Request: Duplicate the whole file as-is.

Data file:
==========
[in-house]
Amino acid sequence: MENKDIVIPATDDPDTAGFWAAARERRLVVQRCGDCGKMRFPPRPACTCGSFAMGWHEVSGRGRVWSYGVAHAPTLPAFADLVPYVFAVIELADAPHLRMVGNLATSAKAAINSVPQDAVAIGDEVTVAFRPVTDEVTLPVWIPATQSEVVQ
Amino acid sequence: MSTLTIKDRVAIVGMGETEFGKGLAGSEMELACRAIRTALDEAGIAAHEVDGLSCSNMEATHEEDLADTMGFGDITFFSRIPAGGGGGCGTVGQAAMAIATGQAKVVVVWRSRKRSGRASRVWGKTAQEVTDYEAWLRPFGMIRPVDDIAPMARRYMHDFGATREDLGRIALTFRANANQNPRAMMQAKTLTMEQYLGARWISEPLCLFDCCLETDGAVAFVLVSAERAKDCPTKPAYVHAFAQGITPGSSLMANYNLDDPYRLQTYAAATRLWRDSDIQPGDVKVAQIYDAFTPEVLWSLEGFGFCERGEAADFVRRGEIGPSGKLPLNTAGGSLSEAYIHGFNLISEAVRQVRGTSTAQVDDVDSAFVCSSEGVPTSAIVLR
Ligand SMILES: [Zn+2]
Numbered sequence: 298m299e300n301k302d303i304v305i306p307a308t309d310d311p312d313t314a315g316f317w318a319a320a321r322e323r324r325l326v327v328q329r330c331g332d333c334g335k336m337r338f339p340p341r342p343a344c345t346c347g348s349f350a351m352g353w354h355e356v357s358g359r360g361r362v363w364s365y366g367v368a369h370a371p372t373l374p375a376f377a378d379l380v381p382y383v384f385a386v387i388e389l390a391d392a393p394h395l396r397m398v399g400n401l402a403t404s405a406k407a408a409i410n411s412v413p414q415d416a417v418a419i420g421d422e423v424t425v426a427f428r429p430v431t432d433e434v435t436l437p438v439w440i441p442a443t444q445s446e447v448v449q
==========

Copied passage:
[in-house]
Amino acid sequence: MENKDIVIPATDDPDTAGFWAAARERRLVVQRCGDCGKMRFPPRPACTCGSFAMGWHEVSGRGRVWSYGVAHAPTLPAFADLVPYVFAVIELADAPHLRMVGNLATSAKAAINSVPQDAVAIGDEVTVAFRPVTDEVTLPVWIPATQSEVVQ
Amino acid sequence: MSTLTIKDRVAIVGMGETEFGKGLAGSEMELACRAIRTALDEAGIAAHEVDGLSCSNMEATHEEDLADTMGFGDITFFSRIPAGGGGGCGTVGQAAMAIATGQAKVVVVWRSRKRSGRASRVWGKTAQEVTDYEAWLRPFGMIRPVDDIAPMARRYMHDFGATREDLGRIALTFRANANQNPRAMMQAKTLTMEQYLGARWISEPLCLFDCCLETDGAVAFVLVSAERAKDCPTKPAYVHAFAQGITPGSSLMANYNLDDPYRLQTYAAATRLWRDSDIQPGDVKVAQIYDAFTPEVLWSLEGFGFCERGEAADFVRRGEIGPSGKLPLNTAGGSLSEAYIHGFNLISEAVRQVRGTSTAQVDDVDSAFVCSSEGVPTSAIVLR
Ligand SMILES: [Zn+2]
Numbered sequence: 298m299e300n301k302d303i304v305i306p307a308t309d310d311p312d313t314a315g316f317w318a319a320a321r322e323r324r325l326v327v328q329r330c331g332d333c334g335k336m337r338f339p340p341r342p343a344c345t346c347g348s349f350a351m352g353w354h355e356v357s358g359r360g361r362v363w364s365y366g367v368a369h370a371p372t373l374p375a376f377a378d379l380v381p382y383v384f385a386v387i388e389l390a391d392a393p394h395l396r397m398v399g400n401l402a403t404s405a406k407a408a409i410n411s412v413p414q415d416a417v418a419i420g421d422e423v424t425v426a427f428r429p430v431t432d433e434v435t436l437p438v439w440i441p442a443t444q445s446e447v448v449q